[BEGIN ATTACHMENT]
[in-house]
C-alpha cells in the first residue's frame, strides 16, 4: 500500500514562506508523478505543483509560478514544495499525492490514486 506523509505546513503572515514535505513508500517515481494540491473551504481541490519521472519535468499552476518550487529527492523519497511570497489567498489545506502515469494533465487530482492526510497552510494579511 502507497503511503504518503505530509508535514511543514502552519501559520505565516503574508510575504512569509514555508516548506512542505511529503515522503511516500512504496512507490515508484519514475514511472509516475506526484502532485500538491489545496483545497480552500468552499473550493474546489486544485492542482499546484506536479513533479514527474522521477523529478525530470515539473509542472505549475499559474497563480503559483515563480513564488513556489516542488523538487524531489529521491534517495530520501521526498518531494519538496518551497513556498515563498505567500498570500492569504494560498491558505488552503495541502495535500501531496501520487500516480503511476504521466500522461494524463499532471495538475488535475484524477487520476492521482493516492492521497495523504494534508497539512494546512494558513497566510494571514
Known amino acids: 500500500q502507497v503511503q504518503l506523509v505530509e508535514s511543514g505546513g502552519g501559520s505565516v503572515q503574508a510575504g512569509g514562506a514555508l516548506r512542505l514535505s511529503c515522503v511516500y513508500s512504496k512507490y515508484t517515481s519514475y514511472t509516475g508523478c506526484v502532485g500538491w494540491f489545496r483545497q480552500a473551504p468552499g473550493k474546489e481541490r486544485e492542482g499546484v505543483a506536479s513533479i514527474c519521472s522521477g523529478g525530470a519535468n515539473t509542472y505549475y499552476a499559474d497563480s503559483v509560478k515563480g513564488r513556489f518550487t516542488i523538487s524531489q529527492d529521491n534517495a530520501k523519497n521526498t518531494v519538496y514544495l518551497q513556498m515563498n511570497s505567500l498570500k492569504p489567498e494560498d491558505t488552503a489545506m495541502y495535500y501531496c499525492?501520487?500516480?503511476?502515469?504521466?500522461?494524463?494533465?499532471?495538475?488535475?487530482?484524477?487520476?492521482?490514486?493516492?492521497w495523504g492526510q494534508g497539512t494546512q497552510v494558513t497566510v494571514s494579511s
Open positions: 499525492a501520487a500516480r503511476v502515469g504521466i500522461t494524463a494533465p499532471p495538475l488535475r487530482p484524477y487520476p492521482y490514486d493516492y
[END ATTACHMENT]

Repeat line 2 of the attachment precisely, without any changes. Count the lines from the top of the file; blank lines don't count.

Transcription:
C-alpha cells in the first residue's frame, strides 16, 4: 500500500514562506508523478505543483509560478514544495499525492490514486 506523509505546513503572515514535505513508500517515481494540491473551504481541490519521472519535468499552476518550487529527492523519497511570497489567498489545506502515469494533465487530482492526510497552510494579511 502507497503511503504518503505530509508535514511543514502552519501559520505565516503574508510575504512569509514555508516548506512542505511529503515522503511516500512504496512507490515508484519514475514511472509516475506526484502532485500538491489545496483545497480552500468552499473550493474546489486544485492542482499546484506536479513533479514527474522521477523529478525530470515539473509542472505549475499559474497563480503559483515563480513564488513556489516542488523538487524531489529521491534517495530520501521526498518531494519538496518551497513556498515563498505567500498570500492569504494560498491558505488552503495541502495535500501531496501520487500516480503511476504521466500522461494524463499532471495538475488535475484524477487520476492521482493516492492521497495523504494534508497539512494546512494558513497566510494571514